Think of a man, maybe one you recently saw, who has mental illness and lacks a home. Picture him walking down the street, trying to escape the voices in his head. Immediately, a group passes him, calling him crazy and stinky, while laughing hysterically. The man's used to this, but every time, he still sheds a tear, feeling embarrassed, sad and powerless -- unable to even fix his own situation.
According to some, approximately one third of the homeless population -- over 250,000 people -- suffers from severe mental illness, such as schizophrenia or bipolar disorder. Often, these people ask passers-by for money, ramble incoherently, or merely try to find shelter wherever possible, all the while being laughed at and ignored.
With disgust, onlookers regularly push these people aside, treating them as inhuman and objects of ridicule. Rather than attempt to help or understand, they are cast aside.
What we many times don't fully understand is, that man who is homeless and suffers from mental illness is a real person, too. Although he has a mental illness, he has real feelings -- pain, sadness, embarrassment and every other emotion we all have. At some point, he was a boy with aspirations and dreams, like everyone else, and likely, he still has them.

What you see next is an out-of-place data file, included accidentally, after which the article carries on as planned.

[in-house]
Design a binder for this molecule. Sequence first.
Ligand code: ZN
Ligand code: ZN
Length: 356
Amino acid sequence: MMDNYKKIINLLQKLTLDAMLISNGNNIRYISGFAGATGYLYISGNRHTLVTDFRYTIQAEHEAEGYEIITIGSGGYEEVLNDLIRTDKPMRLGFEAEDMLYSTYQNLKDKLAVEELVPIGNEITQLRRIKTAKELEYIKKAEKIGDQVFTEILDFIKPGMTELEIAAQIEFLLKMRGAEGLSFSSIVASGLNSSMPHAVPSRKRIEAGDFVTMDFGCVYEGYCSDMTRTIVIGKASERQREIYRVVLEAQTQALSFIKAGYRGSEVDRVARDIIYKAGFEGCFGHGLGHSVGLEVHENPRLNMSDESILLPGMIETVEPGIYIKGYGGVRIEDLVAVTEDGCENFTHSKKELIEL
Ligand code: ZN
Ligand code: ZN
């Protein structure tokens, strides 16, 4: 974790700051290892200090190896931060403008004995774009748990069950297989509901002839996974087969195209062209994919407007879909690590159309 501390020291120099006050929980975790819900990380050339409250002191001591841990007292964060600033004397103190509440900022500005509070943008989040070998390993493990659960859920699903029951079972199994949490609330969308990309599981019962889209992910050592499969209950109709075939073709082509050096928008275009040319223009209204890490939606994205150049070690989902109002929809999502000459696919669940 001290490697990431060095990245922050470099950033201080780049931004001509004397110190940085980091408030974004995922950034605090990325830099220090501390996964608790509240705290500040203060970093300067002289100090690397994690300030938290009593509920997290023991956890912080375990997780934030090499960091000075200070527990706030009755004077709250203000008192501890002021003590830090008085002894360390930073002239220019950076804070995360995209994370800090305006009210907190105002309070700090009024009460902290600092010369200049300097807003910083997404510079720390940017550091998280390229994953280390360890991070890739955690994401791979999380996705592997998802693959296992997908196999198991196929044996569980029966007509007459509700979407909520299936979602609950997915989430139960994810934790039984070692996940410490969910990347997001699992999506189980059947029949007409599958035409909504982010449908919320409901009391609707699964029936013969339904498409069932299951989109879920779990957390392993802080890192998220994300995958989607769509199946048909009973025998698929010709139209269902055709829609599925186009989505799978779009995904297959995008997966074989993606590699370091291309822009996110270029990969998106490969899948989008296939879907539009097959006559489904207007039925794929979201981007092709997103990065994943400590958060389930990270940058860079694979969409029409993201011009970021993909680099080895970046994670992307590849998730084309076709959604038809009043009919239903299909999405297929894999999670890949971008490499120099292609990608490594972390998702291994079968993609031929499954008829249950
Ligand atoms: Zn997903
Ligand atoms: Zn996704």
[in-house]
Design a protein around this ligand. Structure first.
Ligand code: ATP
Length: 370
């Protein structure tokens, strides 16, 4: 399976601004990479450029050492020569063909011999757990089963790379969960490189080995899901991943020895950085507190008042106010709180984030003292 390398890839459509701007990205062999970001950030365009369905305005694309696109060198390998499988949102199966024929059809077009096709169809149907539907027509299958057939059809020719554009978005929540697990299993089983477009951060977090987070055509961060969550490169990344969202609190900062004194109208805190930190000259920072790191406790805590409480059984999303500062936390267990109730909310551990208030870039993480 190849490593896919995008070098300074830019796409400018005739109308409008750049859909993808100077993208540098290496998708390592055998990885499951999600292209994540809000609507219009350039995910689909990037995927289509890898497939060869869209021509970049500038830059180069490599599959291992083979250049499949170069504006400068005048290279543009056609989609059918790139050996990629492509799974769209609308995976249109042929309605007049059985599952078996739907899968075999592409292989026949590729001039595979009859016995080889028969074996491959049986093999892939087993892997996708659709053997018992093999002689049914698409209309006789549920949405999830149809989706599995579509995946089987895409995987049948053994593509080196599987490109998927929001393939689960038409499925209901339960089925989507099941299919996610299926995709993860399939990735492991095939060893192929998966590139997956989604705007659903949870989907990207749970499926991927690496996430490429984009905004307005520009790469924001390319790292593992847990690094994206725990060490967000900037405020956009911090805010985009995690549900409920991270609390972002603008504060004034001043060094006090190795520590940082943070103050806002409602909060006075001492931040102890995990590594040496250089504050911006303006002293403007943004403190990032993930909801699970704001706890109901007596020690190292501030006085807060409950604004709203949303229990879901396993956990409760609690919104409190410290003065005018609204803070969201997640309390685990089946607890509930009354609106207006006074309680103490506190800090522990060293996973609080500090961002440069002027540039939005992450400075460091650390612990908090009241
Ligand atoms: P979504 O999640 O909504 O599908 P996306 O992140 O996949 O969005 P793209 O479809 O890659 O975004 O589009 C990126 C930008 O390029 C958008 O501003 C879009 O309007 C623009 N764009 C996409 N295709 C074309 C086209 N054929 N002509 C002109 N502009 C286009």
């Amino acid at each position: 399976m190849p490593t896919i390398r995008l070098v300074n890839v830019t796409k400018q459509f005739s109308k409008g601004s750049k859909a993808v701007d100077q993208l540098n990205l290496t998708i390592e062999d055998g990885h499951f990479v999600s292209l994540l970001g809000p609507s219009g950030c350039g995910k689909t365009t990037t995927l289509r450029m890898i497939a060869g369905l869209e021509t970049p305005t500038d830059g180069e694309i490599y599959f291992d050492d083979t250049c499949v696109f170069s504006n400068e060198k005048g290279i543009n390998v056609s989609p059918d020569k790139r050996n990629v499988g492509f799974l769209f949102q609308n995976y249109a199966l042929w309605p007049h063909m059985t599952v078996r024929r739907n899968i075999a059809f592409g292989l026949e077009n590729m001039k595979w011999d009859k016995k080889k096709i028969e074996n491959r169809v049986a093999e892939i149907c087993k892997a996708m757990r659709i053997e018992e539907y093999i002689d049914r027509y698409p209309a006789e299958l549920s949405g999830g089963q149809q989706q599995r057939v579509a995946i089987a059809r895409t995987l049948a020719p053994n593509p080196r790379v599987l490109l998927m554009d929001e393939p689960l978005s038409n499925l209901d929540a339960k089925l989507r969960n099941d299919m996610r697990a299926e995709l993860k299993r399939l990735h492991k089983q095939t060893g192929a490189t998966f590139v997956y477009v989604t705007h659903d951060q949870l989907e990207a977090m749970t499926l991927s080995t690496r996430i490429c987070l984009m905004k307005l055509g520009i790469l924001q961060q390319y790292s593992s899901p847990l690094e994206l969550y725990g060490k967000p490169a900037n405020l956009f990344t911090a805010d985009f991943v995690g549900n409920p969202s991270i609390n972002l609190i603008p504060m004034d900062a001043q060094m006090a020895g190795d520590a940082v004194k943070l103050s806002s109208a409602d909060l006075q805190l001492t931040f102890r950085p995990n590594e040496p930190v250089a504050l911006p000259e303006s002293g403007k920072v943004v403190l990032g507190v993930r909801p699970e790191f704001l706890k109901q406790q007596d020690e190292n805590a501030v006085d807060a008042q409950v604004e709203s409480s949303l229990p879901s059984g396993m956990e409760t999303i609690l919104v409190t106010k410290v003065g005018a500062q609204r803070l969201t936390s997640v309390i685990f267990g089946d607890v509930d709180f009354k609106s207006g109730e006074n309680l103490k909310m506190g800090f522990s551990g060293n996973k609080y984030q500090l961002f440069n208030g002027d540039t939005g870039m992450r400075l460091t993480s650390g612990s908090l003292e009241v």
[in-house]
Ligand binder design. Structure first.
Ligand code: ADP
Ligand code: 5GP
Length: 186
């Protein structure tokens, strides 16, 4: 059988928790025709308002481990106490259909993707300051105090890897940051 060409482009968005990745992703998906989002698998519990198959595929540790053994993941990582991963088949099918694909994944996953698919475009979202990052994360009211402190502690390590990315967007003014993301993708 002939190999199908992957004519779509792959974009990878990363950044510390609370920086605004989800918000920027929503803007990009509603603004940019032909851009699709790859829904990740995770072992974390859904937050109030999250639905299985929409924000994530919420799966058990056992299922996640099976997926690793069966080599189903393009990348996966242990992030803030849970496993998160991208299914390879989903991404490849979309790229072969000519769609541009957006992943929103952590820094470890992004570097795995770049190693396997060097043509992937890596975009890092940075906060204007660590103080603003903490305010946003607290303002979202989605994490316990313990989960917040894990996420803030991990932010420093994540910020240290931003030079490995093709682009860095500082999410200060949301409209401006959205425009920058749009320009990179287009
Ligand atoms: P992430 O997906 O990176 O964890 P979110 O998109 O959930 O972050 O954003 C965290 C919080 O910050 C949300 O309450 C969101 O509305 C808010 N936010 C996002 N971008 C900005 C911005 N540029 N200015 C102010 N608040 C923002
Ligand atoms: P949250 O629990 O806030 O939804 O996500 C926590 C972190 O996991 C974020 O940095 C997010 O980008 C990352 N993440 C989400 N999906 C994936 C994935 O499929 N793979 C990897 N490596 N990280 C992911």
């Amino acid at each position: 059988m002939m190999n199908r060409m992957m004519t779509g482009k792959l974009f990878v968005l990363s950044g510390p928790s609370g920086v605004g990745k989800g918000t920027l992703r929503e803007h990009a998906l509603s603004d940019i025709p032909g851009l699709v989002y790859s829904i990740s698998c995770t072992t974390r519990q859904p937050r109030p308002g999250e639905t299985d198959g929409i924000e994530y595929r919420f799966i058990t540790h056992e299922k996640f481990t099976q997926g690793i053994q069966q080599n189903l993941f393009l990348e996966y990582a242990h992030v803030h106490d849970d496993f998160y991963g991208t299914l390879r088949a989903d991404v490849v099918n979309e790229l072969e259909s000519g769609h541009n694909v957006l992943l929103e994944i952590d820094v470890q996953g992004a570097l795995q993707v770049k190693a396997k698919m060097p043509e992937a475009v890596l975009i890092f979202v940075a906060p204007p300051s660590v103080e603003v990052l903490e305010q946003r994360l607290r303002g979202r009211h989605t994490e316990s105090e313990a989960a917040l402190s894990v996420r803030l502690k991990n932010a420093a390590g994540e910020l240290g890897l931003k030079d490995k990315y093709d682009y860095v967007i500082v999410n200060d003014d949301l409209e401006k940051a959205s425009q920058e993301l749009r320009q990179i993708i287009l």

My mother suffers from mental illness. She was at many points in her life homeless, desperate and confused. For many years, I lacked an understanding of who she is because the only thing I could comprehend was her illness. Now, I see beyond her illness -- I see the woman who wants to become a hairstylist, the woman who longs for her family and the woman who hurts because she feels a lack of purpose.
We usually only see images, in everyday life and media, of the rambling, disheveled person, rather than the person we all, in some ways, are. We don't see the person who is passionate about music, wants to make a difference, or always dreams of being loved.
For these people, mental illness is their reality, trapping them in a world they don't quite understand -- all the while being judged and stigmatized for their differences. According to The Treatment Advocacy Center, the majority of these people are unaware of their own illness, yet left alone to roam free without support. They're likely hungry, lost and in need of some kindness.
The next time you see someone rambling on the street or asking for money, put yourself in their position. We need to imagine lacking a family, lacking food and lacking simple roofs over our heads. Maybe then, we'll understand and begin showing compassion.